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April 20, 2018

Before the blaze: Parts of destroyed Old City building to be featured in new film

Scenes from “They Are Strangers” were shot in one of the condos now ruined by the devastating February fire at 2nd & Chestnut

Movies Old City
They Are Strangers Courtesy of Front House Pictures /for PhillyVoice

A still production shot of "They Are Strangers" inside 239 Chestnut St. in Old City.

The six-story apartment building at 239 Chestnut St. is today a shadow of its former self after the four-alarm fire that ripped through it in the early hours of Feb. 18, displacing about 160 people in the area and killing multiple animals.

Demolition of the burned-out building began in early April, but film lovers can catch a glimpse of the Old City building in its previous state at the Philadelphia Independent Film Festival on May 4.


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A significant portion of “They Are Strangers,” one of the films selected to screen at this year’s festival, was shot in the summer of 2016 in one of the now-destroyed building’s condos.

The film chronicles successful writer Rebecca Thayer’s journey of struggling through writer’s block in the midst of a downward spiral after discovering her boyfriend’s possible betrayal.


Many of the scenes were filmed in executive producer Robert Singh’s condo at 239 Chestnut St., said “They Are Strangers” writer and director Zane L’Erario.

“We already had some locations picked once we started working on the film, and after Robert came onboard, he said, ‘Do you guys want to use my place?’” L’Erario told PhillyVoice. 

“It was a really nice apartment, so it was kind of a no-brainer.”

Singh opened his home to the production crew, housing his family in a hotel for a month as principal photography rolled on.

Nearly two years later, Singh’s home and one of the key shooting locations for the independent film went up in flames, stunning the entire crew.

“It was pretty wild,” L’Erario said. “We had to actually send some photographs to his insurance company that we had taken on set so that they could see what was in his apartment.”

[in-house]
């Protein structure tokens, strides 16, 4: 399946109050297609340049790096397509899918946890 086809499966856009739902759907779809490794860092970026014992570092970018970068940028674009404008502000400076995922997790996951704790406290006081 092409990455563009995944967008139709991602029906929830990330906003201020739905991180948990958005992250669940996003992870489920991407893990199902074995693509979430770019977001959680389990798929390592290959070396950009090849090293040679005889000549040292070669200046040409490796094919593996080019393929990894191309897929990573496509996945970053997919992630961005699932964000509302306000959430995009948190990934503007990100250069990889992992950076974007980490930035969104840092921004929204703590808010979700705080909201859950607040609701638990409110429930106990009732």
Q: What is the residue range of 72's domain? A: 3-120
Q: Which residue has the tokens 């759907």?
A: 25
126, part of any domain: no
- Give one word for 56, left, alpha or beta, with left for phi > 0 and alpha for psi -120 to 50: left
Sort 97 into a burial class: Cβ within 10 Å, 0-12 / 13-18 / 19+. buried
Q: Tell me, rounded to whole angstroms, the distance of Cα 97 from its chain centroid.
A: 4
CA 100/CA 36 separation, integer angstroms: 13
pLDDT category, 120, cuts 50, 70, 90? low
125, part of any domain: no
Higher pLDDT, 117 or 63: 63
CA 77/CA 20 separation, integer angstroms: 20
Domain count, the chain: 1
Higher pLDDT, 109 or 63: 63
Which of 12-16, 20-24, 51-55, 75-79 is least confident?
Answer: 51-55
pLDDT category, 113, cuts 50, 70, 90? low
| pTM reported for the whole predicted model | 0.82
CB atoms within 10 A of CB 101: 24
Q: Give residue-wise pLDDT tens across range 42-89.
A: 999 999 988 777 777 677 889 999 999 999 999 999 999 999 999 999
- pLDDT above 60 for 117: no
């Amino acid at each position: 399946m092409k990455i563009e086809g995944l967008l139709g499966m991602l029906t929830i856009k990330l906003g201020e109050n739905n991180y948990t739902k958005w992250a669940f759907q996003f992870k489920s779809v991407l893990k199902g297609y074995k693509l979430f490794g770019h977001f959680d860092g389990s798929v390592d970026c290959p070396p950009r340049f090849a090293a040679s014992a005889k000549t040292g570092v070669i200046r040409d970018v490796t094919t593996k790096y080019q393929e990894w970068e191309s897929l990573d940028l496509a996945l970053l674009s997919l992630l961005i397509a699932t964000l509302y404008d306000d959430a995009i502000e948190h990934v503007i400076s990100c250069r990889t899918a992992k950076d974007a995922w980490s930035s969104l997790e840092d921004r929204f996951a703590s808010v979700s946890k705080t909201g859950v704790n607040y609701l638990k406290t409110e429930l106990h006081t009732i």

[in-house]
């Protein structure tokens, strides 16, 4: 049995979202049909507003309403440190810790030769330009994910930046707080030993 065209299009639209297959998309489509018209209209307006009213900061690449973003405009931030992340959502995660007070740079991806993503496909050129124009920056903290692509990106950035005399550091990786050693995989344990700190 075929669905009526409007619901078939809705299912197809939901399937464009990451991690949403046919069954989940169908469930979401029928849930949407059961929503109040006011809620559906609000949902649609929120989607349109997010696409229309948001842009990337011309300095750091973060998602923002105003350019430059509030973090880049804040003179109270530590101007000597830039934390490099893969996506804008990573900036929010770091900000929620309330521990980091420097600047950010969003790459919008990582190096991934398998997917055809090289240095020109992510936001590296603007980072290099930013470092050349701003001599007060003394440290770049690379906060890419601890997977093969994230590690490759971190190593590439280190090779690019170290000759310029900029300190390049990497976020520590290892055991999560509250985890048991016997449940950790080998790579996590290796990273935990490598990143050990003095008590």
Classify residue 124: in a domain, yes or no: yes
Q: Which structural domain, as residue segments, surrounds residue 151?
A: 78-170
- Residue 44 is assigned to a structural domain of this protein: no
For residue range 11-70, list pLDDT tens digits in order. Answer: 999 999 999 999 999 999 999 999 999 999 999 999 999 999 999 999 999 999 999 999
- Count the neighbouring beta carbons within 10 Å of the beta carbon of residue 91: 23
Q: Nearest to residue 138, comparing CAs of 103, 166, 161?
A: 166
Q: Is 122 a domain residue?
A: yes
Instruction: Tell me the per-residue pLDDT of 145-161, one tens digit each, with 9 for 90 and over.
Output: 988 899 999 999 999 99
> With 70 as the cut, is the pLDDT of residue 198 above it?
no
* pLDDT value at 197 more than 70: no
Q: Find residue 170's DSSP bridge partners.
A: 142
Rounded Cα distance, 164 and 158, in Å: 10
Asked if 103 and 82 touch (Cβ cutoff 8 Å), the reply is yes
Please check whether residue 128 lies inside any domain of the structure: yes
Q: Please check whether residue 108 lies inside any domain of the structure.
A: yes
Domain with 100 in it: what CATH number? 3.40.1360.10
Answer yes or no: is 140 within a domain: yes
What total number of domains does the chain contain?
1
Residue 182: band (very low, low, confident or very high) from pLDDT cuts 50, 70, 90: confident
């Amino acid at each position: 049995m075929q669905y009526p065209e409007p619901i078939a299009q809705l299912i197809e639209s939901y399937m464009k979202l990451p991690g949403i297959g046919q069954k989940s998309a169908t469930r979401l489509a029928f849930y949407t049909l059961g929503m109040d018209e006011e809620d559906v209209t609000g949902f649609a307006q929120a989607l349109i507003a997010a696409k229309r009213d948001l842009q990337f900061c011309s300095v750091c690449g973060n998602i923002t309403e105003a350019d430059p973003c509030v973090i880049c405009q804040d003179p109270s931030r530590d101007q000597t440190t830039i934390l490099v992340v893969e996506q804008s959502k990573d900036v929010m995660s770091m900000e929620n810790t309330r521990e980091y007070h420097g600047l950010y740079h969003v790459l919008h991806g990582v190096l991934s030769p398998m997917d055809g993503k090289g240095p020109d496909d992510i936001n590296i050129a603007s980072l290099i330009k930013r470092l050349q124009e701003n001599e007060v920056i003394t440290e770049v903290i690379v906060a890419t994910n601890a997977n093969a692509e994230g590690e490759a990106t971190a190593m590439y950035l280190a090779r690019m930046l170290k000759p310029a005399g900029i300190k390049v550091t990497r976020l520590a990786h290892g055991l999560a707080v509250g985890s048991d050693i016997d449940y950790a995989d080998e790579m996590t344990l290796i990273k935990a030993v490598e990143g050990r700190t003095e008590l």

Singh wasn’t home, but his two children were inside the doomed apartment building as fire alarms rang out at 3 a.m.

“They were able to get out,” Singh said. “[A neighbor] went and knocked on the door to make sure that my kids were up, and they grabbed the dog and went downstairs.”

“You could say that my neighbor saved my children,” he added. “That type of community is hard to come by, sometimes.”

We had to actually send some photographs to his insurance company that we had taken on set so that they could see what was in his apartment.”

After “They Are Strangers” was selected for the Philadelphia Independent Film Festival, L’Erario approached festival director Benjamin Barnett about how to utilize the exposure to support the Old City community after the devastating fire.

“I lived here for about 10 years, and I’m very attached to this neighborhood,” L’Erario said. 

“I know how many people were displaced by the fire.”

The film festival will donate proceeds from “They Are Strangers” to the Old City neighborhood if they’re able to pack the more than 300 theater seats the night of the screening.

The crew will also set up a donation box throughout the festival’s entirety along with information on the fire.

“We want to make sure that we do whatever we can to give back to the community,” L’Erario said.

The 2018 Philadelphia Independent Film Festival runs from May 2-5.



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